Swedish police have said an arrested suspect is “likely” to be the driver of the hijacked truck which ploughed into pedestrians in Stockholm on Friday as more details of the terror attack which killed four people emerge.
The vehicle rammed into the crowd on Drottninggatan - a pedestrianised shopping area, prompting people to flee in panic, at around 2.55pm local time.
Children were among the 15 injured, emergency services said, when the vehicle brought carnage to a busy shopping district in the Swedish capital.
Nine victims were left in a serious condition and reports suggested a pram was caught in the path of destruction, reports the Press Association.
Police have also said a “suspect device” was found in the vehicle but have not confirmed if it was a bomb or not.
Swedish paper Aftonbladet quoted a witness in the department store saying she saw “hundreds of people” running for their lives.
“Sweden has been attacked,” Swedish Prime Minister Stefan Lofven said just after the attack. “Everything points to a terrorist attack.”
A nationwide manhunt was launched and Swedish police arrested the man in the Stockholm area.
A Stockholm police spokesman said on Friday night that others are still being sought.
The latest outrage inflicted on the continent came just two weeks after similar tactics were used to attack London, as a car drove into crowds on Westminster Bridge.
Swedish security services said they were treating the atrocity as a terror attack, but police added they had yet to confirm it as such.
Detectives arrested the man after issuing a picture of an individual they wished to speak to, later saying he matched the description of the image.
Border control has been reinforced following the attack and the area where the lorry crashed remains sealed off, police said.
Condemnation poured in as news of the attack broke, including statements from German chancellor Angela Merkel and Foreign Secretary Boris Johnson, who said he was “deeply concerned”.
EU Commission president Jean-Claude Juncker said: “An attack on any of our member states is an attack on us all.”
As evening fell, Swedish prime minister Stefan Lofven laid a bouquet of red roses near the site of the attack, lighting a candle.
The lorry smashed into the corner of a department store and burst into flames.
Senior police officer Mats Lofving said: “We don’t know whether this incident is isolated or whether we can expect more.
“We have police positioned at several strategic places with a particular risk threat.”
The bloodshed bore hallmarks to attacks seen in Nice and Berlin last year, where a truck rammed pedestrians, and Muslim convert Khalid Masood’s attack on Westminster Bridge in London.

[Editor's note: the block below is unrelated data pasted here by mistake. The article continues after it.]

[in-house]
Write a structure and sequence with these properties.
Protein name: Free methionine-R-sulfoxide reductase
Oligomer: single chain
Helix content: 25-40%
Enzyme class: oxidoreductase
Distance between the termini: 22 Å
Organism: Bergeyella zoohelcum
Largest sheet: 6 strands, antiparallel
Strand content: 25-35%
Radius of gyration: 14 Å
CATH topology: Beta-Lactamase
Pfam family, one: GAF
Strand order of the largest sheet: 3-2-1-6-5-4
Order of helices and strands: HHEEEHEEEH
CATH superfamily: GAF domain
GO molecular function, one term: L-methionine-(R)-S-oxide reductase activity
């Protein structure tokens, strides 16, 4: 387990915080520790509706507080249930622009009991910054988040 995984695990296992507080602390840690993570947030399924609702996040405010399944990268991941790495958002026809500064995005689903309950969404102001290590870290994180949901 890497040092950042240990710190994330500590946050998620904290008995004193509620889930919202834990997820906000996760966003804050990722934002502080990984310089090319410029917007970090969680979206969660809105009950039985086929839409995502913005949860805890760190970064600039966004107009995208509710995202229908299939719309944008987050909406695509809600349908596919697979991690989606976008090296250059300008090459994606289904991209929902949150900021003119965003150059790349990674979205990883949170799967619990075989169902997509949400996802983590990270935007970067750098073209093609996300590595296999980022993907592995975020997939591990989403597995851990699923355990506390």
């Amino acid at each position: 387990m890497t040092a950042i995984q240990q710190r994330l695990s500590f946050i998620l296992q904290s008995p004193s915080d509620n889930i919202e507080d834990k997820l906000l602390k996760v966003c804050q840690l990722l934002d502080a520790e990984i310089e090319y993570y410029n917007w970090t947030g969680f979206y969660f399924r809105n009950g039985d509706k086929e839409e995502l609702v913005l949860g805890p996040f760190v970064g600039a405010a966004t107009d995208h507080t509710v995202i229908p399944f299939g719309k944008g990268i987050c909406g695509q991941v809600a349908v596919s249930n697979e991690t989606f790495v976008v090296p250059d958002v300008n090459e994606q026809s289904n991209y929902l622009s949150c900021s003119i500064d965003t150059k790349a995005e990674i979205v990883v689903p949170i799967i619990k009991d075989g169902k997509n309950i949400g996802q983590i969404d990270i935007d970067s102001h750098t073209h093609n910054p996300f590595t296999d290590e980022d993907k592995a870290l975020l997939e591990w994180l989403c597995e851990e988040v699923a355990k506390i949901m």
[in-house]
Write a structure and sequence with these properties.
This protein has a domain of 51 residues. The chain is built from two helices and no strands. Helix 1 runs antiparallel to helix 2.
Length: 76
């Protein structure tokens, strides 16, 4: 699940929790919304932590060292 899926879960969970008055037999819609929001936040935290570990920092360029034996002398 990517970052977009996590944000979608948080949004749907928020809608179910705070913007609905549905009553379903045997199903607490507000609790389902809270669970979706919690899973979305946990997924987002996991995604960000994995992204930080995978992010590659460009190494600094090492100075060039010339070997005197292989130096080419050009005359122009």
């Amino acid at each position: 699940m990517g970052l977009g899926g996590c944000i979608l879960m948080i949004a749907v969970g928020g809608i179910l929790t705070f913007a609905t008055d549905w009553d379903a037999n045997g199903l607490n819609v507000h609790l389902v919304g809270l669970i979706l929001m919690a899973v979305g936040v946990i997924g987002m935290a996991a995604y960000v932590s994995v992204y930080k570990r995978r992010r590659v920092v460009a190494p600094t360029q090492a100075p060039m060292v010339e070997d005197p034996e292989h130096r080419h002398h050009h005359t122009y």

The Aftonbladet newspaper reported that the truck had been hijacked from Swedish beer maker Spendrups earlier on Friday.
The lorry smashed through stone lion bollards into the pedestrianised area, leaving a trail of blood and debris.
Witness Jan Granroth told Aftonbladet that “we stood inside a shoe store and heard something ... and then people started to scream”.
He said: “I looked out of the store and saw a big truck.”
Another witness quoted by the paper said: “When I came out, I saw a lorry standing there with smoke coming from it and there were loads of bits of cars and broken flower pots along the street.”
Mikael Anttila, a 49-year-old portfolio manager at bank SEB, told the Press Association he saw several hundred people gathered on the street close to the shop before they all started running “suddenly ... like ants”.
“Then a lot of police started coming. Heavy weapons, civilian police, etc,” he said.
Annevi Peterson described people lying dead and injured in the street, with blood everywhere.
“I heard the noise, I heard the screams, I saw the people,” she told BBC News.
“There was, just outside the store, there was a dead dog, the owner screaming, there was a lady lying with a severed foot.
“There was blood everywhere, there were bodies on the ground everywhere.
“There was a sense of panic, people standing by their loved ones, but also people running away.”
The crash is close to the scene of a terror attack in 2010 when Taimour Abdulwahab, a Swedish citizen who lived in Luton, blew himself up.
The terrorist, who police concluded acted alone, died on December 11 2010 in the Bryggargatan area. No one else was killed.
Abdulwahab rigged an Audi car with explosives in the hope that the blast would drive people to Drottninggatan, a busy shopping street, where he was waiting to set off two more devices strapped to his chest and back.
The car bomb never went off and after setting fire to the Audi, he was unable to detonate the other two explosives as planned.
He made his way down a side street off Drottninggatan and, in an apparent attempt to fix the faulty trigger up his sleeve, set off the bomb on the front of his body, killing only himself.